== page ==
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Recommended Reading for Developers

abhishekalbert profile image Abhishek ・6 min read

Hello there!! I'm back with another article i.e Recommended Reading for Developers.And also given a link to download a soft copy of the book.

To make better software, you need to understand how people work, and that is what the books I recommend tend to focus on.

So why you are waiting here the list given below :

  1. Code Complete 2
  2. Steve McConnell's Code Complete 2 is the Joy of Cooking for software developers. Reading it means that you enjoy your work, you're serious about what you do, and you want to keep improving. In Code Complete, Steve notes that the average programmer reads less than one technical book per year. The very act of reading this book already sets you apart from probably ninety percent of your fellow developers. In a good way.

    Link: Code Complete 2

  3. The Mythical Man-Month

  4. This twenty-five year old book boldly illustrates one point: computers may change, but people don't.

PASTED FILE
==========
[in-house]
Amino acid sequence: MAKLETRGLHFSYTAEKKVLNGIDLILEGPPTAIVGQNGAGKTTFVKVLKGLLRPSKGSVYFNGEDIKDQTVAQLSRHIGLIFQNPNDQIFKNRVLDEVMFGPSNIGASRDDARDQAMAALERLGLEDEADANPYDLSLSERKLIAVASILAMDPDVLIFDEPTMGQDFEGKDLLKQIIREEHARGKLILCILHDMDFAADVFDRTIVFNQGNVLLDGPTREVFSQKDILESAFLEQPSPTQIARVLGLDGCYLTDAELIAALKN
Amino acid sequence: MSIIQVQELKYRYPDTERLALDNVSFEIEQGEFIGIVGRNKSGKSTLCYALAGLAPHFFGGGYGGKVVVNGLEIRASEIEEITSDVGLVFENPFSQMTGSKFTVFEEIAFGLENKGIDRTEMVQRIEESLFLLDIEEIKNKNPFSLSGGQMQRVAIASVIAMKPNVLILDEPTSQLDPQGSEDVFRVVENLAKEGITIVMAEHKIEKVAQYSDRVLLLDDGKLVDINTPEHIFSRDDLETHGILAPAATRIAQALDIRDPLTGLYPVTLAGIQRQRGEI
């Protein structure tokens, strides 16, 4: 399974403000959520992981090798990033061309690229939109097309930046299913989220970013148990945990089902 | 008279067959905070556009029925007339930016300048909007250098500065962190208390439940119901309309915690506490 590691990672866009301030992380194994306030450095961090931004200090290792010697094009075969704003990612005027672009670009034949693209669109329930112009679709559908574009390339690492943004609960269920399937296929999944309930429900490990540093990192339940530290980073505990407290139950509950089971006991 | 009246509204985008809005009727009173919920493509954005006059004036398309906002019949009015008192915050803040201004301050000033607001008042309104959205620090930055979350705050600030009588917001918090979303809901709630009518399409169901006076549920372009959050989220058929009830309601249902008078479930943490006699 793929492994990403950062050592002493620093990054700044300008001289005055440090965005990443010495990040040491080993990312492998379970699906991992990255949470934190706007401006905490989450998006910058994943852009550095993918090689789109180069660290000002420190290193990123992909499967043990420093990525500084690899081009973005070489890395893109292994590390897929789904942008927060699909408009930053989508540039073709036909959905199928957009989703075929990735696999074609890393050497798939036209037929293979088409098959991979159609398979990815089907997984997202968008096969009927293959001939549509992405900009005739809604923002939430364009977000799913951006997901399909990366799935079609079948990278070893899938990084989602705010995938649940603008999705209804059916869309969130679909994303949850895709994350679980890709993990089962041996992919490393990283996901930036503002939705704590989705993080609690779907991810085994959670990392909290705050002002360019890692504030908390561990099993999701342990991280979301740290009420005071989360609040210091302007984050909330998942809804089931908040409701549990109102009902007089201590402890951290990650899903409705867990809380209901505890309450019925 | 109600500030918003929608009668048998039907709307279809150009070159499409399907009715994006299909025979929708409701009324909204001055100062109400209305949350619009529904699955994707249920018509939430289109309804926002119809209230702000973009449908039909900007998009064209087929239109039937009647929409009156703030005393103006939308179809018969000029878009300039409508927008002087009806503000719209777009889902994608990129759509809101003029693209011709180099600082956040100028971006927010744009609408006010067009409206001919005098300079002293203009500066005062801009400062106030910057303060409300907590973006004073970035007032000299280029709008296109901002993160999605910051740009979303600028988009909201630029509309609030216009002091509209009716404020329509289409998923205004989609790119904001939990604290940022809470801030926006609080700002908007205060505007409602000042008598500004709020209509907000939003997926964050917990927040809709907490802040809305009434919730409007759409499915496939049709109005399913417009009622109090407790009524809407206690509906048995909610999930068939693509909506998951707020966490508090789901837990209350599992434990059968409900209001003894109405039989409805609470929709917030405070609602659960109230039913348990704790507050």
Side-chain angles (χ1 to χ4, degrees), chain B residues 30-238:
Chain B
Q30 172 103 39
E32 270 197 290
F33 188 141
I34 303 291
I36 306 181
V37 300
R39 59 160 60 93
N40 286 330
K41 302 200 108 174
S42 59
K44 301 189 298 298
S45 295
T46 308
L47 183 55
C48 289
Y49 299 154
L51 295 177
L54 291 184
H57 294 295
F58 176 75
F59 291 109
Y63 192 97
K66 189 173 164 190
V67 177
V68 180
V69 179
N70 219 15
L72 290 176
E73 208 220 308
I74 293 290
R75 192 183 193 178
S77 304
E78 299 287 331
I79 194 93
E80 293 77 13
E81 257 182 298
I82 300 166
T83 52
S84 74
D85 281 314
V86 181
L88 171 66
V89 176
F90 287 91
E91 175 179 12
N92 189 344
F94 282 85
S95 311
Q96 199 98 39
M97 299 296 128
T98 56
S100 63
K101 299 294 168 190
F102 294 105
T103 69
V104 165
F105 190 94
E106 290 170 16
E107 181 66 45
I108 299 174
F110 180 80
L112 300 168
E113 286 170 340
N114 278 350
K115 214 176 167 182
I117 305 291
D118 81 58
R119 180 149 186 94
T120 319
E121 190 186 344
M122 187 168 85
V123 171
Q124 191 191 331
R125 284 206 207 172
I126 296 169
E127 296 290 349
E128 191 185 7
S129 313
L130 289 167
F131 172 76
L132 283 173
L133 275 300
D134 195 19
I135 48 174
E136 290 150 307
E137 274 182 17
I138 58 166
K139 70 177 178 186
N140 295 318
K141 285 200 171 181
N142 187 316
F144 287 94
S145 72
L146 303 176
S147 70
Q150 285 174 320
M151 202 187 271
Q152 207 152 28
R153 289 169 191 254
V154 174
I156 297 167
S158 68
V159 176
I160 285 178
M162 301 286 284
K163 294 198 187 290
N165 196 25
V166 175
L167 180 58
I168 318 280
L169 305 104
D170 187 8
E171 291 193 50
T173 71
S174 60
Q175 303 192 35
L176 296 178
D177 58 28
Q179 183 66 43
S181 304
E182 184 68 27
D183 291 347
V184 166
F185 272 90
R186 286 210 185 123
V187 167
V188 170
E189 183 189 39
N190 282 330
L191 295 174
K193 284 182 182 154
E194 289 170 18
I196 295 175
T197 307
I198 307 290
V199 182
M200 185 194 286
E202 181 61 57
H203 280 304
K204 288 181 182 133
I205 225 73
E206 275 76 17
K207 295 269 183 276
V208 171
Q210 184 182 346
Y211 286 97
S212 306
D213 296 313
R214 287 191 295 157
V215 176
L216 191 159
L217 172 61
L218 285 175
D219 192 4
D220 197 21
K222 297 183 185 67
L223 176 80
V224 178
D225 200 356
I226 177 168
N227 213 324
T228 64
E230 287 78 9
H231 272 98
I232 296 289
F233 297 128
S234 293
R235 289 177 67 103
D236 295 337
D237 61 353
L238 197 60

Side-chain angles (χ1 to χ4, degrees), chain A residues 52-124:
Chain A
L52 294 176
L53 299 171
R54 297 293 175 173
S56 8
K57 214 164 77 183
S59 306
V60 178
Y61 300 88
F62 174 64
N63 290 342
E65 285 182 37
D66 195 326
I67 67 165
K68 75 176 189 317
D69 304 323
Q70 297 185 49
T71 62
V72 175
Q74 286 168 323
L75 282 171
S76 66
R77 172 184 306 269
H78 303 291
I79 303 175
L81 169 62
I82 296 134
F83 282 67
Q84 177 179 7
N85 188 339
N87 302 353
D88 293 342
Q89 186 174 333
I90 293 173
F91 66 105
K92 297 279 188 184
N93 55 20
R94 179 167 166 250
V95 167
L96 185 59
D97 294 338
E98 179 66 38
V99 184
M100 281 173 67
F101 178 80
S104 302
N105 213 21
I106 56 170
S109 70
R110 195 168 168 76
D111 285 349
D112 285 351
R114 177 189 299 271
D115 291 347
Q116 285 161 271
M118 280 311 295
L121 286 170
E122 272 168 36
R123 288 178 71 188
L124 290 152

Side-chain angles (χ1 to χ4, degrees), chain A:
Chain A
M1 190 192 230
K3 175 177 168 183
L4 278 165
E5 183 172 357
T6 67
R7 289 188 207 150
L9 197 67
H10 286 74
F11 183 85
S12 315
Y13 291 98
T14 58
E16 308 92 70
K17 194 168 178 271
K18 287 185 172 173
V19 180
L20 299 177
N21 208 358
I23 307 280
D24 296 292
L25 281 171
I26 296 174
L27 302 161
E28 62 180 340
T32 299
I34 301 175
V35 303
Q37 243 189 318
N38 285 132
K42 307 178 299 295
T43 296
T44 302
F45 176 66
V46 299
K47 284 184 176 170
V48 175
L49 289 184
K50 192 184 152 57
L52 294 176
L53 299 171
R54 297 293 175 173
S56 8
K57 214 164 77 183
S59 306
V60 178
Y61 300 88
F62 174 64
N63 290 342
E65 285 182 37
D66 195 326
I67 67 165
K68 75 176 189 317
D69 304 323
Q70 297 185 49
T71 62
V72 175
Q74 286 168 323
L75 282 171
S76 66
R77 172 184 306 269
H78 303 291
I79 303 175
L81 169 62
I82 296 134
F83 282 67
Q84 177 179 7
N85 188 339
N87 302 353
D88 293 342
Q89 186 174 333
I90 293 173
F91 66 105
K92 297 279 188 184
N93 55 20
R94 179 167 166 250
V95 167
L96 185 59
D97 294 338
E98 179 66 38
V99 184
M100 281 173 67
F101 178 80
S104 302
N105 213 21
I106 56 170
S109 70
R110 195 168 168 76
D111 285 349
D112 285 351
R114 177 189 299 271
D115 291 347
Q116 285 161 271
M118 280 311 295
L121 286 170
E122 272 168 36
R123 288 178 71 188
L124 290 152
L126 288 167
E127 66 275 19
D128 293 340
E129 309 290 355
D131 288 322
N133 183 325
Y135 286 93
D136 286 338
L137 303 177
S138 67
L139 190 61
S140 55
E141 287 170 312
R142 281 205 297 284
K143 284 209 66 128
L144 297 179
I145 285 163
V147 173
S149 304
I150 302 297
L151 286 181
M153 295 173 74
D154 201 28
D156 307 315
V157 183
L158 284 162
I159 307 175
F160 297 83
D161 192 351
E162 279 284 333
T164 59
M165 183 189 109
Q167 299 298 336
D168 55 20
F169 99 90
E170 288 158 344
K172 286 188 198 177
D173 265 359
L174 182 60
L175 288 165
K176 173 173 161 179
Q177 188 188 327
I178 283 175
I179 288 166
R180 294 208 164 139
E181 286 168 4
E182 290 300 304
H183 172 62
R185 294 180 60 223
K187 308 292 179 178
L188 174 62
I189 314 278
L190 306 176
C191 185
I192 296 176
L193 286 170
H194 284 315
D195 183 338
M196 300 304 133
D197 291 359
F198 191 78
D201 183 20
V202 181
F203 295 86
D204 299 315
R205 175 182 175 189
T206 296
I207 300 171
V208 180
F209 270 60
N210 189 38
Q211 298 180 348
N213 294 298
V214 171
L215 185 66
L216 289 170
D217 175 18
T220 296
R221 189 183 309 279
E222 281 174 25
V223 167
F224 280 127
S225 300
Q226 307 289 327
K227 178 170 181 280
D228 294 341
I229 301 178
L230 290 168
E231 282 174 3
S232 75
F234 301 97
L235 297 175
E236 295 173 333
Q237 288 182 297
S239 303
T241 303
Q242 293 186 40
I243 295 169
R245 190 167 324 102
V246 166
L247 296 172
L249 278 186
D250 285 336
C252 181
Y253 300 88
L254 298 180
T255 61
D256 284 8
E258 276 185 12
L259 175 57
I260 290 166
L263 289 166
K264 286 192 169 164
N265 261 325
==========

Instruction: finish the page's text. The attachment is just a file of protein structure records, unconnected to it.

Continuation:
Reading this classic work will certainly be a better use of your time than poring over the latest thousand page technical tome du jour.

    Link: The Mythical Man-Month

  5. Don't Make Me Think

  6. The single best book on usability I've ever read. The title says "web usability" but don't be fooled by its faux specificity. Steve Krug covers every important usability concept in this book, and covers it well. It's almost fun. If you choose to read only one book on usability, choose this one. It's chock full of great information, and it's presented in a concise, approachable format. It's suitable for any audience: technical, non-technical, user, developer, manager, you name it.

    Link: Don't Make Me Think

  7. Rapid Development
  8. The full title of this book is Rapid Development: Taming Wild Software Development Schedules, which isn't just long-winded and vaguely ridiculous, it's also an unfortunate misnomer.